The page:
Introduction: Vegetable oils contain natural antioxidants and other properties reported to impart anti-diabetic properties when consumed, in animal study. In humans however, these oils are subjected to high temperatures during cooking before consumption. High temperature tends to affect the characteristic quality and potential to impart on health benefits such as antidiabetic properties. The objective of this work was to determine the characteristics quality of vegetable oils after thermal treatment that equates to temperatures oils are subjected to during food processing/cooking.
Methodology: Three portions of 200g of each fresh unrefined red palm oil, coconut oil and groundnut oils in three conical flasks T1, T2 and T3 were heated to room temperature 28oC (T1) to 100o C in boiling water (T2) and to 200o C in electric cooker oven (T3) for 10 minutes. Acid, iodine, peroxide, saponification, unsaponification values of the oils were then determined after cooling to room temperature.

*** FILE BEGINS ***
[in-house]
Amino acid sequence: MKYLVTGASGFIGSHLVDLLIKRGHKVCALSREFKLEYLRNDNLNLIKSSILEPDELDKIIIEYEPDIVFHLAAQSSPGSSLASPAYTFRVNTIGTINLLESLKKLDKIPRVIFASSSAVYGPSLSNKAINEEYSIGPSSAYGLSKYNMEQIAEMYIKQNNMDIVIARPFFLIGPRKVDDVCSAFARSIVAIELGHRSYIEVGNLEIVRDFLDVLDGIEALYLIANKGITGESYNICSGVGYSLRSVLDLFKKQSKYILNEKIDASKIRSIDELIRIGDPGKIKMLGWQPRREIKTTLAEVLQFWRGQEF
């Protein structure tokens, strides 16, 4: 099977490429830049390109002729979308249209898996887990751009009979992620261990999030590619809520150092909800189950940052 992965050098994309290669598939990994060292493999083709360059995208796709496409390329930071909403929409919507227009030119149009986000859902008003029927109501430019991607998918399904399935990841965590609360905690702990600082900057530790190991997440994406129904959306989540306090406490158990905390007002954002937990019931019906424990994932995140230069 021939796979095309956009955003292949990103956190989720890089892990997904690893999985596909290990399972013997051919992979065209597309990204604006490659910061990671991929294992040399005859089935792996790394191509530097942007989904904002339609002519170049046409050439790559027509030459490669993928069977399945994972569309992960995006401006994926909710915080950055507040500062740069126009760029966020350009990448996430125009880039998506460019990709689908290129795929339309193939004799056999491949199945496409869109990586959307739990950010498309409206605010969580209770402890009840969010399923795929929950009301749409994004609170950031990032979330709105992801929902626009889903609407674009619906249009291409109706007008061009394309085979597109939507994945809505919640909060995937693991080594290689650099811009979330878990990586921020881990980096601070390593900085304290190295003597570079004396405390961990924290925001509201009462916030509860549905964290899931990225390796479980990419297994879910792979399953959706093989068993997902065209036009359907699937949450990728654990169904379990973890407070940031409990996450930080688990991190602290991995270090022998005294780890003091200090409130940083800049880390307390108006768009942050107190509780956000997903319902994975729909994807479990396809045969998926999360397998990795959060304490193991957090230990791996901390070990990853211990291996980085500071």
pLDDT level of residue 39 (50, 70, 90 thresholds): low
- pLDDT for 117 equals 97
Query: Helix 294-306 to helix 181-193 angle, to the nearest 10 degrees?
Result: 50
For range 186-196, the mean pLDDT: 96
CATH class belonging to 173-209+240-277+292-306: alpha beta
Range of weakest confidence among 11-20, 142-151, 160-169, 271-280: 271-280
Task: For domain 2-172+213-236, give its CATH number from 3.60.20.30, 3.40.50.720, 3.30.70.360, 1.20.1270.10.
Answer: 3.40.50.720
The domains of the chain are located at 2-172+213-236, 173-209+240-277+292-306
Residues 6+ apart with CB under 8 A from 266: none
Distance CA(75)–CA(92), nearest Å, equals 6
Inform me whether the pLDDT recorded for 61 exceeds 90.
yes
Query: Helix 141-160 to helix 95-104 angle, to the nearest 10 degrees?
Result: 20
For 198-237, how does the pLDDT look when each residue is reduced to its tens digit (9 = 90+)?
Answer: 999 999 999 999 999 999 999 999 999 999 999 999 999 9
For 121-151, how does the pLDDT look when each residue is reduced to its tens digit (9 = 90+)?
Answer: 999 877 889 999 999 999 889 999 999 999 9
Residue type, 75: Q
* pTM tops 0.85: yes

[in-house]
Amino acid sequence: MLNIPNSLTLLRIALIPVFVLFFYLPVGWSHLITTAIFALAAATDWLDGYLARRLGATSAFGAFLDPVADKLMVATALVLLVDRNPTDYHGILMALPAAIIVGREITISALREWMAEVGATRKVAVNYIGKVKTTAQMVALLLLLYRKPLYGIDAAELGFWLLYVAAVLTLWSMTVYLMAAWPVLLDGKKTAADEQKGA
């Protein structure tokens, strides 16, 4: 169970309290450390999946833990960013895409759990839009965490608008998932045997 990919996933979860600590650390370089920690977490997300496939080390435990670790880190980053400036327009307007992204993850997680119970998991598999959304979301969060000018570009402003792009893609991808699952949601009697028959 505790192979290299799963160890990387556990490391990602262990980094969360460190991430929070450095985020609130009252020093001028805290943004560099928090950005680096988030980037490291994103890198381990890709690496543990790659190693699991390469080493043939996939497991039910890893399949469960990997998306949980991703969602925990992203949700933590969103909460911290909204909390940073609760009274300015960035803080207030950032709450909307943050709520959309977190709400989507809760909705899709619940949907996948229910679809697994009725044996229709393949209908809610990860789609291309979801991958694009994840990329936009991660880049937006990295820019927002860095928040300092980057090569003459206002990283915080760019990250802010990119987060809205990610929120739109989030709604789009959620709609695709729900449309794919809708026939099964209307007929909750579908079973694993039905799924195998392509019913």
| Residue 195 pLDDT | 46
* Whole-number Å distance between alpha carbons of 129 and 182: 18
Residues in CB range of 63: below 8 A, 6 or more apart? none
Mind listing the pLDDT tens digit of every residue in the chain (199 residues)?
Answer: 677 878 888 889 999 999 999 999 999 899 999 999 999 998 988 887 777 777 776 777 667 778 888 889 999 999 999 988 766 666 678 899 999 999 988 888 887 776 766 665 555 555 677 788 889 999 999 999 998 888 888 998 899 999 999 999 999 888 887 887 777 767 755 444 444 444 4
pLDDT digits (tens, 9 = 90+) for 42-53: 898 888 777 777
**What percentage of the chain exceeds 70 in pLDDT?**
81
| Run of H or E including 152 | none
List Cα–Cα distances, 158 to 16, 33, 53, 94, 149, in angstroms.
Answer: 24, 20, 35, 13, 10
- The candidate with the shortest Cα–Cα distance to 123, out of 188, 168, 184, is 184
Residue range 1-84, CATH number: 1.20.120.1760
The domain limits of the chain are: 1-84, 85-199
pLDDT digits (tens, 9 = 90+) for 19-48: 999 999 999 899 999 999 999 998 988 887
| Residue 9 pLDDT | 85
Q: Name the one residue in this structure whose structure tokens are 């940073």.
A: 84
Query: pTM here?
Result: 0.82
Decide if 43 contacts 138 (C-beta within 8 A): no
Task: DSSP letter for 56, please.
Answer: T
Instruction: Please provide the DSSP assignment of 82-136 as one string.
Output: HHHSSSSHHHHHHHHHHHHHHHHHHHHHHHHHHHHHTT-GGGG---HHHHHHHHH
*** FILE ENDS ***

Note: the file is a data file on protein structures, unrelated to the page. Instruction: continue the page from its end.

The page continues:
Results; Coconut oil heated to 200˚C had the least Acid value of 2.89±0.135 whiles Palm oil heated to 100 ˚C had the highest value of 19.57±0.165. There were no peroxides formed in Coconut and Palm oils at 28 ˚C as well as Palm oil at 100 ˚C. However, peroxides were highest in Coconut oil at 200˚C with value of 15.28±2.315. Saponification value of groundnut oil at 28 ˚C was the least at 89.52 ± 2.18 and 296.57±1.045 the highest in coconut oil at 200 ˚C. Heating however increased the unsaponifiable matter in all the vegetable oils used.
Conclusion: The quality of the oils in terms of acid value, iodine vale, peroxide value and saponification value were retained after one heat treatment. This implies the quality of the oils are maintained during food processing.